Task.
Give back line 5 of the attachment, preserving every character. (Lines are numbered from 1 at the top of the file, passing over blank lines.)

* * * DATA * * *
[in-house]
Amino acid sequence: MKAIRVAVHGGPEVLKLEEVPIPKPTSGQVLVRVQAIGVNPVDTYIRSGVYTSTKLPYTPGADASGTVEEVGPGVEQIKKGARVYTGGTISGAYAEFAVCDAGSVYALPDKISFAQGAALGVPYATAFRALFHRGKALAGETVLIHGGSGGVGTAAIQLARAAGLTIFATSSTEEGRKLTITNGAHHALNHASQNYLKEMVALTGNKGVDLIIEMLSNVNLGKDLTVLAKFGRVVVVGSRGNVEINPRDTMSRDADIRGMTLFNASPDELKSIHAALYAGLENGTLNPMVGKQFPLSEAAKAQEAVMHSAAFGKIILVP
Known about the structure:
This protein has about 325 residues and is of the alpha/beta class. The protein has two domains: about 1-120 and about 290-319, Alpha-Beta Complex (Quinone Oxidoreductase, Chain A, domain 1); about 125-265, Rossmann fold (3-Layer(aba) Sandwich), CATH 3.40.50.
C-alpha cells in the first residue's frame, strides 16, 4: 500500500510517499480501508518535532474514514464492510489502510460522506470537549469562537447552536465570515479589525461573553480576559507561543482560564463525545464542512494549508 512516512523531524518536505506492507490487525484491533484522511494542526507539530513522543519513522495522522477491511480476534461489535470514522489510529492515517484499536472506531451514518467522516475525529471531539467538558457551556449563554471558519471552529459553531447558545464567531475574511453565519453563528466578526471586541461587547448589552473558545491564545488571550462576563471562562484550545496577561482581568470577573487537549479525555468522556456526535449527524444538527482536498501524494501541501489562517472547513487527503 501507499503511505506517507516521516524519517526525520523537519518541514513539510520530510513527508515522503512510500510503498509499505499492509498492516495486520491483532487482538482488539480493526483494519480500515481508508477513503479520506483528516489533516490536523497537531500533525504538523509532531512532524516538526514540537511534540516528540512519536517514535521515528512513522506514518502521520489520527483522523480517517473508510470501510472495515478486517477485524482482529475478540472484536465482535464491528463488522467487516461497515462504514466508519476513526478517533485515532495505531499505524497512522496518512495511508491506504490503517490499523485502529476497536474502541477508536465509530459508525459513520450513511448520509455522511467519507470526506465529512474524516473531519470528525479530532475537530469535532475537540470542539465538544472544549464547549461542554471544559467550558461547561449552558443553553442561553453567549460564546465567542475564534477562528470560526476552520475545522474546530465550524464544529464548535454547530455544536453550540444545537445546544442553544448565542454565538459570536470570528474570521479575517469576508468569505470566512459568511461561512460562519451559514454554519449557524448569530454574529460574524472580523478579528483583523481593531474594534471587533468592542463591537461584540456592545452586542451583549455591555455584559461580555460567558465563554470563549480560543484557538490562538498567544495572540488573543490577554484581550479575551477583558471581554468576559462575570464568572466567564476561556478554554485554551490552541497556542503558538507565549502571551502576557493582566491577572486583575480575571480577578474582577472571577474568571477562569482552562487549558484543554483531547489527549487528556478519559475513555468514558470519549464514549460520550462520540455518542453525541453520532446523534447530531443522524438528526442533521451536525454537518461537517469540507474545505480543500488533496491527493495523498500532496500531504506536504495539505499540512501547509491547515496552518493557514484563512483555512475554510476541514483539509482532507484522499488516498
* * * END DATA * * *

C-alpha cells in the first residue's frame, strides 16, 4: 500500500510517499480501508518535532474514514464492510489502510460522506470537549469562537447552536465570515479589525461573553480576559507561543482560564463525545464542512494549508 512516512523531524518536505506492507490487525484491533484522511494542526507539530513522543519513522495522522477491511480476534461489535470514522489510529492515517484499536472506531451514518467522516475525529471531539467538558457551556449563554471558519471552529459553531447558545464567531475574511453565519453563528466578526471586541461587547448589552473558545491564545488571550462576563471562562484550545496577561482581568470577573487537549479525555468522556456526535449527524444538527482536498501524494501541501489562517472547513487527503 501507499503511505506517507516521516524519517526525520523537519518541514513539510520530510513527508515522503512510500510503498509499505499492509498492516495486520491483532487482538482488539480493526483494519480500515481508508477513503479520506483528516489533516490536523497537531500533525504538523509532531512532524516538526514540537511534540516528540512519536517514535521515528512513522506514518502521520489520527483522523480517517473508510470501510472495515478486517477485524482482529475478540472484536465482535464491528463488522467487516461497515462504514466508519476513526478517533485515532495505531499505524497512522496518512495511508491506504490503517490499523485502529476497536474502541477508536465509530459508525459513520450513511448520509455522511467519507470526506465529512474524516473531519470528525479530532475537530469535532475537540470542539465538544472544549464547549461542554471544559467550558461547561449552558443553553442561553453567549460564546465567542475564534477562528470560526476552520475545522474546530465550524464544529464548535454547530455544536453550540444545537445546544442553544448565542454565538459570536470570528474570521479575517469576508468569505470566512459568511461561512460562519451559514454554519449557524448569530454574529460574524472580523478579528483583523481593531474594534471587533468592542463591537461584540456592545452586542451583549455591555455584559461580555460567558465563554470563549480560543484557538490562538498567544495572540488573543490577554484581550479575551477583558471581554468576559462575570464568572466567564476561556478554554485554551490552541497556542503558538507565549502571551502576557493582566491577572486583575480575571480577578474582577472571577474568571477562569482552562487549558484543554483531547489527549487528556478519559475513555468514558470519549464514549460520550462520540455518542453525541453520532446523534447530531443522524438528526442533521451536525454537518461537517469540507474545505480543500488533496491527493495523498500532496500531504506536504495539505499540512501547509491547515496552518493557514484563512483555512475554510476541514483539509482532507484522499488516498